As God’s grace grows in us, we are aware that sin is also present.
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“The owner’s workers came to him and asked, ‘Sir, didn’t you plant good seed in your field? Where did the weeds come from?’ “He told them, ‘An enemy did this.’ “His workers asked him, ‘Do you want us to pull out the weeds?’ “He replied, ‘No. If you pull out the weeds, you may pull out the wheat with them. Let both grow together until the harvest. When the grain is cut, I will tell the workers to gather the weeds first and tie them in bundles to be burned. But I’ll have them bring the wheat into my barn.'”
Matthew 13:27-30 God’s Word to the Nations
Standing next to these Indian Paintbrush are thistles gone to seed. I could have eliminated these thistles from the picture either by pulling them from of the ground or photoshopping them out of the picture, but that would not be a true depiction of what I saw, nor communicate the story these plants tell.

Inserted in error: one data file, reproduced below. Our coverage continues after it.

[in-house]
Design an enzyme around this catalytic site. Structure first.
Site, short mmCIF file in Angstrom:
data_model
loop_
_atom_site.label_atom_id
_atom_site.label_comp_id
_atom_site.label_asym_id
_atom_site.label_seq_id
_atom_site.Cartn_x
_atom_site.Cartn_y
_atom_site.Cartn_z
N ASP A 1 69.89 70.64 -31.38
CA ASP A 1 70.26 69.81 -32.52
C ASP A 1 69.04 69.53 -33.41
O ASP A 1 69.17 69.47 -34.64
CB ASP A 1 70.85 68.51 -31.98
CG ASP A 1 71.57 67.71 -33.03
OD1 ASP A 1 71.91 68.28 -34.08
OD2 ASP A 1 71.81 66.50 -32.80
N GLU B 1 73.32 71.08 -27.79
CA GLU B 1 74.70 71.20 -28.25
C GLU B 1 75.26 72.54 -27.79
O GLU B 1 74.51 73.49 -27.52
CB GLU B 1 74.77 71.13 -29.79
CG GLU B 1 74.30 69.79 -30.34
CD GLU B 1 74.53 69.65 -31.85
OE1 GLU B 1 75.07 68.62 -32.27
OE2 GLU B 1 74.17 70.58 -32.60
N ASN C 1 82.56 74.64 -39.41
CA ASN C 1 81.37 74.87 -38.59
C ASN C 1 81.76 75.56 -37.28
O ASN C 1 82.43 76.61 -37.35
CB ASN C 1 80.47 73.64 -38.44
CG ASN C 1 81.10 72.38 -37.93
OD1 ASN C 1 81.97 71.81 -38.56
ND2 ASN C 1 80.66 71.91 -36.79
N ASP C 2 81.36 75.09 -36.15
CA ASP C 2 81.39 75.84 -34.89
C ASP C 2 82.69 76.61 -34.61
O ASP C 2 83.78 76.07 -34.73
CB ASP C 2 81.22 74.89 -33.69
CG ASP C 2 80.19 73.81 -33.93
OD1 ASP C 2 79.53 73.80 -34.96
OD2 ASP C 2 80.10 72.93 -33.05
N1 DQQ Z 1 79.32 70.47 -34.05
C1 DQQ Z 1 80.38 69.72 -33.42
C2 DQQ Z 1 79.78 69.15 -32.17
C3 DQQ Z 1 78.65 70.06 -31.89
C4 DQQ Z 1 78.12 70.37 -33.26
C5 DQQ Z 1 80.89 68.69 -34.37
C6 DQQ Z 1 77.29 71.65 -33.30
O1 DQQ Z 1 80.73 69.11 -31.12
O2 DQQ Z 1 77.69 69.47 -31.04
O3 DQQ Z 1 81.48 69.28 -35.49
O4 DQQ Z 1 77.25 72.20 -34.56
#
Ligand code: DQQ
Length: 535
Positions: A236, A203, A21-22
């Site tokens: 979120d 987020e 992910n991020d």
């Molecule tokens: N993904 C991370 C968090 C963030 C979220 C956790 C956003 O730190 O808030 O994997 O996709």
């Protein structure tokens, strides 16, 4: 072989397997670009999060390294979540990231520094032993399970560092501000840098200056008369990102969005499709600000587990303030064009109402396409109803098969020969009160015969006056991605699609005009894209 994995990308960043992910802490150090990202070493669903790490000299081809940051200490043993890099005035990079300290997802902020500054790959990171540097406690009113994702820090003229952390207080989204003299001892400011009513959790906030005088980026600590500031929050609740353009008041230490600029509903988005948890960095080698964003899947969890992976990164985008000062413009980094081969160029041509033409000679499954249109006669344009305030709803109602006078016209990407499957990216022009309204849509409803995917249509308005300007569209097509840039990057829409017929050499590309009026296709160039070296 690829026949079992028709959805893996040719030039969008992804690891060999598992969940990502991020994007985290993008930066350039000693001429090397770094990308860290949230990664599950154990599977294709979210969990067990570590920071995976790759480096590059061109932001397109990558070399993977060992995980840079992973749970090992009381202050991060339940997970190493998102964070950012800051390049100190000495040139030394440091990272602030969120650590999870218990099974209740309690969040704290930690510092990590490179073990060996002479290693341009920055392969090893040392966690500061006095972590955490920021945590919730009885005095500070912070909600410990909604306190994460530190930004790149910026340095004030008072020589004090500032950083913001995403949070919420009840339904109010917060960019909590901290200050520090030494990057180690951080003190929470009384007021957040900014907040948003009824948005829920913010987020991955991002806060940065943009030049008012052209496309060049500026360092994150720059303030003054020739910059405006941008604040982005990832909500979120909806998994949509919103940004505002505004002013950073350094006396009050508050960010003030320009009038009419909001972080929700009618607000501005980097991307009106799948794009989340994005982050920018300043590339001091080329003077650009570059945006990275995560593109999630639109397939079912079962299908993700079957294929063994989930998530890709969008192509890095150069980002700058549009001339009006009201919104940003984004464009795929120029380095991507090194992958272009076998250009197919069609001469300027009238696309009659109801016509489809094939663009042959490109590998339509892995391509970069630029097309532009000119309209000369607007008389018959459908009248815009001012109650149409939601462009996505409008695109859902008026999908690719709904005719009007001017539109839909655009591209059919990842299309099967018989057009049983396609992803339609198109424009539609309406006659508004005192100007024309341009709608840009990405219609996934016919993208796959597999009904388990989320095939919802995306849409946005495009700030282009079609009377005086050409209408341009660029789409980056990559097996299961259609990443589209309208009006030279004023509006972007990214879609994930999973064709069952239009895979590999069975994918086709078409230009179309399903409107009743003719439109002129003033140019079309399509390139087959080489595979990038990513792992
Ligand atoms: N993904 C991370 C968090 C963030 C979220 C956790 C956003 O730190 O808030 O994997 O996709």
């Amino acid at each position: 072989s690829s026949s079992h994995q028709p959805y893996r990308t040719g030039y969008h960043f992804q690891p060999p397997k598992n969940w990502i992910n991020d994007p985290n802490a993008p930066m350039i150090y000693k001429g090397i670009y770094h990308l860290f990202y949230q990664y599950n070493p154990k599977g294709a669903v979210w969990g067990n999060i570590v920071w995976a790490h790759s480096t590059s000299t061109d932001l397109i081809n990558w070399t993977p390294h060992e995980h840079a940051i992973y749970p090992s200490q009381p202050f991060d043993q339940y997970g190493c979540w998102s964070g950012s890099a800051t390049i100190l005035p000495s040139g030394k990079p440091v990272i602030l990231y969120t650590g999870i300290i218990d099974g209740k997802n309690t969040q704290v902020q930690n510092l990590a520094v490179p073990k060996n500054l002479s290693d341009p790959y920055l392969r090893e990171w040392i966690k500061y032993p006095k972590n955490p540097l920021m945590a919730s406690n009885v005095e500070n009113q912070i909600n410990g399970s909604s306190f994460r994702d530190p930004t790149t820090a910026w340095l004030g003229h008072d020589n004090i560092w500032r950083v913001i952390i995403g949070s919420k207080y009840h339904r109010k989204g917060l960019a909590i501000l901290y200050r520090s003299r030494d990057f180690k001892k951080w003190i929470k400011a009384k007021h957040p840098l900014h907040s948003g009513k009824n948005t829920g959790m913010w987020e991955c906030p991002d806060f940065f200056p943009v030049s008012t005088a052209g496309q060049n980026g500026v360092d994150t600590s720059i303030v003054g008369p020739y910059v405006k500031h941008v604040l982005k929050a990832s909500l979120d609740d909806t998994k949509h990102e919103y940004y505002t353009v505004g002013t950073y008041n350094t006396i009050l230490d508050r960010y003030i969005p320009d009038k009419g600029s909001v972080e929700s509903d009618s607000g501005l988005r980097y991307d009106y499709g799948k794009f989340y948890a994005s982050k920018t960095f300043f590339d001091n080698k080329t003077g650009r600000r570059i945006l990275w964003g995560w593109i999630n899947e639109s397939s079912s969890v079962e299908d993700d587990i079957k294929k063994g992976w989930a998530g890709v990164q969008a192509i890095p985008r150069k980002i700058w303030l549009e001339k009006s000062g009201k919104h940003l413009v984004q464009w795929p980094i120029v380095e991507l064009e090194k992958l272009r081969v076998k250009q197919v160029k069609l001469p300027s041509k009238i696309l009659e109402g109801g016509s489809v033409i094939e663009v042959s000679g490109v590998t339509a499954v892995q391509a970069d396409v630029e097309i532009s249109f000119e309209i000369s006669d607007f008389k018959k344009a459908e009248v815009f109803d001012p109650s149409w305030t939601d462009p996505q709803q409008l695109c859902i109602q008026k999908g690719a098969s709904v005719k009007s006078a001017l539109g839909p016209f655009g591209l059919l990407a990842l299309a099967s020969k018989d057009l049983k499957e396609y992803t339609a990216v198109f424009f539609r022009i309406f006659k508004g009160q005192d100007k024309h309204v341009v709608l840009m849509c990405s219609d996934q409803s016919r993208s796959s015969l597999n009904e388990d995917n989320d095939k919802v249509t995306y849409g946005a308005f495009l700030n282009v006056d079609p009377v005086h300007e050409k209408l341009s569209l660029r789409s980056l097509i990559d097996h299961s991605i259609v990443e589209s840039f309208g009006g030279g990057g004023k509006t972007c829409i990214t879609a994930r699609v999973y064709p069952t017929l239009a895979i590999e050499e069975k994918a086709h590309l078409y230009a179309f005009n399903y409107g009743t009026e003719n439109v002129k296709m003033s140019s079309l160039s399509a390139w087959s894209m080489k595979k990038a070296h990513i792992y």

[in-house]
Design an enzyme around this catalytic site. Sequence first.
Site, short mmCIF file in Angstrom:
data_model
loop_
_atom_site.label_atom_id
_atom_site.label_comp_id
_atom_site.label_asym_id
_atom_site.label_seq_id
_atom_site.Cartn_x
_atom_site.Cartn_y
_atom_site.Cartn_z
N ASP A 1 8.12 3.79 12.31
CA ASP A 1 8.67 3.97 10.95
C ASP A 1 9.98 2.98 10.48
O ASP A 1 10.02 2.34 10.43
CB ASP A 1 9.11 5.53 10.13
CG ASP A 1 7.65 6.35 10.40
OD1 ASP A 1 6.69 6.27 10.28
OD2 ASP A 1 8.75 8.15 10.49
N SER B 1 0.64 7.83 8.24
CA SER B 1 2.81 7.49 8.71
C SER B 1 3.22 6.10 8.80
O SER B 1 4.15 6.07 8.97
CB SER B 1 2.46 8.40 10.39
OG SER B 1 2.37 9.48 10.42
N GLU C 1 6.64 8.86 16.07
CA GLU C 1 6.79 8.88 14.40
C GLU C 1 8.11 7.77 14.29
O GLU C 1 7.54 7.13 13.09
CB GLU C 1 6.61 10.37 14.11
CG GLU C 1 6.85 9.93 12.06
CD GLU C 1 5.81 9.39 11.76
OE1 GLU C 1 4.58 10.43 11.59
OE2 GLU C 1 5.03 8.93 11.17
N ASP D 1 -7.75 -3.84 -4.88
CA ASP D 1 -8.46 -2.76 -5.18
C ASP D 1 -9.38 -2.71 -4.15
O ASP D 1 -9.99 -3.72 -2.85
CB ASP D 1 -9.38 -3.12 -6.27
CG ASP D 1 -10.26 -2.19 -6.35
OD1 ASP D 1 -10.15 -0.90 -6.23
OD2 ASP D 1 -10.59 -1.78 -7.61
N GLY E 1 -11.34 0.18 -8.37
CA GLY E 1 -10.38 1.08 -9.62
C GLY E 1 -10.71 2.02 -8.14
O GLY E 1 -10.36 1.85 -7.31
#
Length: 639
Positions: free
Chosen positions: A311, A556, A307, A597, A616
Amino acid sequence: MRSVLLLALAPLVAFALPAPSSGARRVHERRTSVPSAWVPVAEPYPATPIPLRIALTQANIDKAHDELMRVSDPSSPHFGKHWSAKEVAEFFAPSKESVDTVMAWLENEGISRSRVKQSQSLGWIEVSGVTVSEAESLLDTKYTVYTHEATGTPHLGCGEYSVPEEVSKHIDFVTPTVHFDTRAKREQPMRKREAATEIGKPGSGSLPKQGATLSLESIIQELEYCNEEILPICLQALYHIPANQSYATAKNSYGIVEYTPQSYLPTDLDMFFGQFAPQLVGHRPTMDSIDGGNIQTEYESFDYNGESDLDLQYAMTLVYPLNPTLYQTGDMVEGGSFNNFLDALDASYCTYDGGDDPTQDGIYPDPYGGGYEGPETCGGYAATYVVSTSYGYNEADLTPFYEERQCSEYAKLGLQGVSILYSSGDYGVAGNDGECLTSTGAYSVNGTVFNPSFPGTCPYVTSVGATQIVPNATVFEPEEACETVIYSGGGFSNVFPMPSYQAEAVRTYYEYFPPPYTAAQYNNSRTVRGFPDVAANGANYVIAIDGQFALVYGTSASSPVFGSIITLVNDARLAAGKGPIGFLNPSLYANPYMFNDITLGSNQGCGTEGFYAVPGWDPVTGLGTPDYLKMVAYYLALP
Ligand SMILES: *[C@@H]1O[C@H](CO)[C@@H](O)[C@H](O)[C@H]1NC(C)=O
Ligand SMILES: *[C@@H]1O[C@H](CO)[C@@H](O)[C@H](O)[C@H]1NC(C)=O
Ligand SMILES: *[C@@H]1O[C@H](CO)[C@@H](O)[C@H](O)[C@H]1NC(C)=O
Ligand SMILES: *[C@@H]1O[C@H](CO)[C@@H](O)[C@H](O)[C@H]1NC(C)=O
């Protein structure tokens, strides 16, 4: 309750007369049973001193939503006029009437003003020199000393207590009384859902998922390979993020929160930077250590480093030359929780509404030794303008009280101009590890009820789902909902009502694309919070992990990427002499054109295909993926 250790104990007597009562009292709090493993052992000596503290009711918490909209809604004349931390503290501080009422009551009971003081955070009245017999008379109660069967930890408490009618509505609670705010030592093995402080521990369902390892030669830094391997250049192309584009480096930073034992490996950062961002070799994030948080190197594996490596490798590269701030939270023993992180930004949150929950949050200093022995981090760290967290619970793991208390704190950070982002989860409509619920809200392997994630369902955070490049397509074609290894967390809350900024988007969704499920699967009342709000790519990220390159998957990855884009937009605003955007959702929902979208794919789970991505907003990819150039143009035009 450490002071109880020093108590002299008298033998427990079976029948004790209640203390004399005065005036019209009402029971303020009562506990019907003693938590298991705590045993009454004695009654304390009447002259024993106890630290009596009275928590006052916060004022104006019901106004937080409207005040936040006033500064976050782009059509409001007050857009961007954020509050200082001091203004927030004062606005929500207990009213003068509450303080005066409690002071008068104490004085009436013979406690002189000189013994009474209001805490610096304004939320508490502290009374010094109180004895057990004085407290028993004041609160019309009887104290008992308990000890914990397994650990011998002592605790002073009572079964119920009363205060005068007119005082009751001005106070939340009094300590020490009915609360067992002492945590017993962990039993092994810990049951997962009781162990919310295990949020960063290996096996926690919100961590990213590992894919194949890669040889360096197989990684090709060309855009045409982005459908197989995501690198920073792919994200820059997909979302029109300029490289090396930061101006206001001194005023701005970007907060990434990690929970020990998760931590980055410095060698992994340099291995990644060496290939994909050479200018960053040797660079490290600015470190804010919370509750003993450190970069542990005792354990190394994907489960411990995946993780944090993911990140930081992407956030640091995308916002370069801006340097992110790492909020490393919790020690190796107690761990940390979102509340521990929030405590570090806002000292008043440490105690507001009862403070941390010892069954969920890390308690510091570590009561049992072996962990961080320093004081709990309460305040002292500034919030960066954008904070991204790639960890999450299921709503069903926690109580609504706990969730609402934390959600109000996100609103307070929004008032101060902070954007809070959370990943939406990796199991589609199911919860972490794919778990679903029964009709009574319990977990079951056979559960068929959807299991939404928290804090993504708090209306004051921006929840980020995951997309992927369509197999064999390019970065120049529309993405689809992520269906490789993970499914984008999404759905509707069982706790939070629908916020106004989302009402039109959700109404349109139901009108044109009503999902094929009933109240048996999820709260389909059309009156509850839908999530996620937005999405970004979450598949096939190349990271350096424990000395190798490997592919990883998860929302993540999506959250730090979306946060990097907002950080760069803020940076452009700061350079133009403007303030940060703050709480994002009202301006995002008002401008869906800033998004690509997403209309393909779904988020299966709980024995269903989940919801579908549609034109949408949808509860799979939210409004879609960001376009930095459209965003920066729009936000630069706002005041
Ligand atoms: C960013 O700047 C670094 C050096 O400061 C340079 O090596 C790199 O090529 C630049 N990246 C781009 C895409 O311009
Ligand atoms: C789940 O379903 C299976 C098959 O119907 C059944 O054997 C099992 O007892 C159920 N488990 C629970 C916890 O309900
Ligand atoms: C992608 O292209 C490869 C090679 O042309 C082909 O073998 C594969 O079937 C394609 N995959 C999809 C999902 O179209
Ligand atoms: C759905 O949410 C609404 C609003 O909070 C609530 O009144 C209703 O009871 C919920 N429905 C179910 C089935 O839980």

Weeds and flowers grow together much like the wheat and the the weeds in Jesus’ parable.
Preaching or teaching this parable usually involves the interpretation that in this world the remnant of God’s people will grow along side of those who reject his reign, but let me give you something else to think about.
As I look at this picture it tells a story of what I see happening inside of me as well as what is happening in the world. Growing inside of me are both the flower of God’s grace and weeds of sin. I long for the owner’s workers to root out the weeds and leave the flower. I’m tired of wrestling with the weeds, and I know that some of you are aching for the weeds to disappear.
The promise of this parable is that the day will come when God will pull the weeds from our lives. This promise will be realized when Jesus reigns with power for eternity.
So, how do we live with the weeds today? Let me give you two suggestions.
1) Keep your eyes focused on the promise that God will pull the weeds on the day of Christ’s return. See this promise not as wish, but a future reality.
2) Enjoy the beauty of God’s flower of grace today rather than fret about the weeds of sin. Christ has already won the battle of weed control.
The beauty of this flower of grace is that even today God is dealing with the weeds that surround it. Though there will be weeds in our lives, God’s grace in Christ IS addressing the pain these weeds cause.
Copyright Douglas P. Brauner